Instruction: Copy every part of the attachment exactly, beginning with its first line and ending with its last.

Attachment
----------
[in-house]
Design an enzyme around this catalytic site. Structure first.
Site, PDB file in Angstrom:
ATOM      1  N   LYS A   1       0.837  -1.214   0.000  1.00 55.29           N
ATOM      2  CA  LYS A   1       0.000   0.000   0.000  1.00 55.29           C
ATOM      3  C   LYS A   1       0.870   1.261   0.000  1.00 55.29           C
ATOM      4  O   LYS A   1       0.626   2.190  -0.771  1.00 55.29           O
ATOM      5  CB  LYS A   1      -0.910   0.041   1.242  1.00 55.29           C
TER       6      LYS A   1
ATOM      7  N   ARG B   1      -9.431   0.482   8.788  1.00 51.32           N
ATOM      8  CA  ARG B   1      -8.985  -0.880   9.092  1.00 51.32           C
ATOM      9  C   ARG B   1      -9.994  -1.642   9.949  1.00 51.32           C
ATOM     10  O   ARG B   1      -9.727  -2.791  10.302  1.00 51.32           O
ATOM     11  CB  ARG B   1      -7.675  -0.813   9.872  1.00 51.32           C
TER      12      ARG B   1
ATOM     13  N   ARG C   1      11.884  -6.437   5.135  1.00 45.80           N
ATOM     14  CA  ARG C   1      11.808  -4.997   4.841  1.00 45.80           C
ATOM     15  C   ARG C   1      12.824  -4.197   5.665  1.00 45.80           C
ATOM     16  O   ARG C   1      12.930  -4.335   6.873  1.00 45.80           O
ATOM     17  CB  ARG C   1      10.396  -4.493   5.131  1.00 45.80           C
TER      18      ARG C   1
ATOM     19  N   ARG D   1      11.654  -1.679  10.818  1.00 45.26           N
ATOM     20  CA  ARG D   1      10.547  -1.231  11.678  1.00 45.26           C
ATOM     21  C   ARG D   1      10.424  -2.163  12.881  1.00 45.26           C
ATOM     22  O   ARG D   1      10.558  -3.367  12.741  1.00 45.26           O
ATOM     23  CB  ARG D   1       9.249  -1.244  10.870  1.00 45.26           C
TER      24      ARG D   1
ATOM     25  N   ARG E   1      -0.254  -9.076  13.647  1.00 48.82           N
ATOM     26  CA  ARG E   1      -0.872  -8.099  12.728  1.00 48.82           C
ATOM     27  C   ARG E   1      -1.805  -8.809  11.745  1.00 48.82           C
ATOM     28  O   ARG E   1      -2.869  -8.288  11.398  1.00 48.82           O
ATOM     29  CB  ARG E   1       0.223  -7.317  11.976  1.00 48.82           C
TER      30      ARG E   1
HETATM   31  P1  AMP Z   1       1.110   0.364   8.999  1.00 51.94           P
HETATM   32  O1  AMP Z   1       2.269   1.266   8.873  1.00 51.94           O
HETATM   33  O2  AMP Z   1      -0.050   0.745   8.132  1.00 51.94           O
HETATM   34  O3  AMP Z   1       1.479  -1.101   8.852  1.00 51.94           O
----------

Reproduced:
[in-house]
Design an enzyme around this catalytic site. Structure first.
Site, PDB file in Angstrom:
ATOM      1  N   LYS A   1       0.837  -1.214   0.000  1.00 55.29           N
ATOM      2  CA  LYS A   1       0.000   0.000   0.000  1.00 55.29           C
ATOM      3  C   LYS A   1       0.870   1.261   0.000  1.00 55.29           C
ATOM      4  O   LYS A   1       0.626   2.190  -0.771  1.00 55.29           O
ATOM      5  CB  LYS A   1      -0.910   0.041   1.242  1.00 55.29           C
TER       6      LYS A   1
ATOM      7  N   ARG B   1      -9.431   0.482   8.788  1.00 51.32           N
ATOM      8  CA  ARG B   1      -8.985  -0.880   9.092  1.00 51.32           C
ATOM      9  C   ARG B   1      -9.994  -1.642   9.949  1.00 51.32           C
ATOM     10  O   ARG B   1      -9.727  -2.791  10.302  1.00 51.32           O
ATOM     11  CB  ARG B   1      -7.675  -0.813   9.872  1.00 51.32           C
TER      12      ARG B   1
ATOM     13  N   ARG C   1      11.884  -6.437   5.135  1.00 45.80           N
ATOM     14  CA  ARG C   1      11.808  -4.997   4.841  1.00 45.80           C
ATOM     15  C   ARG C   1      12.824  -4.197   5.665  1.00 45.80           C
ATOM     16  O   ARG C   1      12.930  -4.335   6.873  1.00 45.80           O
ATOM     17  CB  ARG C   1      10.396  -4.493   5.131  1.00 45.80           C
TER      18      ARG C   1
ATOM     19  N   ARG D   1      11.654  -1.679  10.818  1.00 45.26           N
ATOM     20  CA  ARG D   1      10.547  -1.231  11.678  1.00 45.26           C
ATOM     21  C   ARG D   1      10.424  -2.163  12.881  1.00 45.26           C
ATOM     22  O   ARG D   1      10.558  -3.367  12.741  1.00 45.26           O
ATOM     23  CB  ARG D   1       9.249  -1.244  10.870  1.00 45.26           C
TER      24      ARG D   1
ATOM     25  N   ARG E   1      -0.254  -9.076  13.647  1.00 48.82           N
ATOM     26  CA  ARG E   1      -0.872  -8.099  12.728  1.00 48.82           C
ATOM     27  C   ARG E   1      -1.805  -8.809  11.745  1.00 48.82           C
ATOM     28  O   ARG E   1      -2.869  -8.288  11.398  1.00 48.82           O
ATOM     29  CB  ARG E   1       0.223  -7.317  11.976  1.00 48.82           C
TER      30      ARG E   1
HETATM   31  P1  AMP Z   1       1.110   0.364   8.999  1.00 51.94           P
HETATM   32  O1  AMP Z   1       2.269   1.266   8.873  1.00 51.94           O
HETATM   33  O2  AMP Z   1      -0.050   0.745   8.132  1.00 51.94           O
HETATM   34  O3  AMP Z   1       1.479  -1.101   8.852  1.00 51.94           O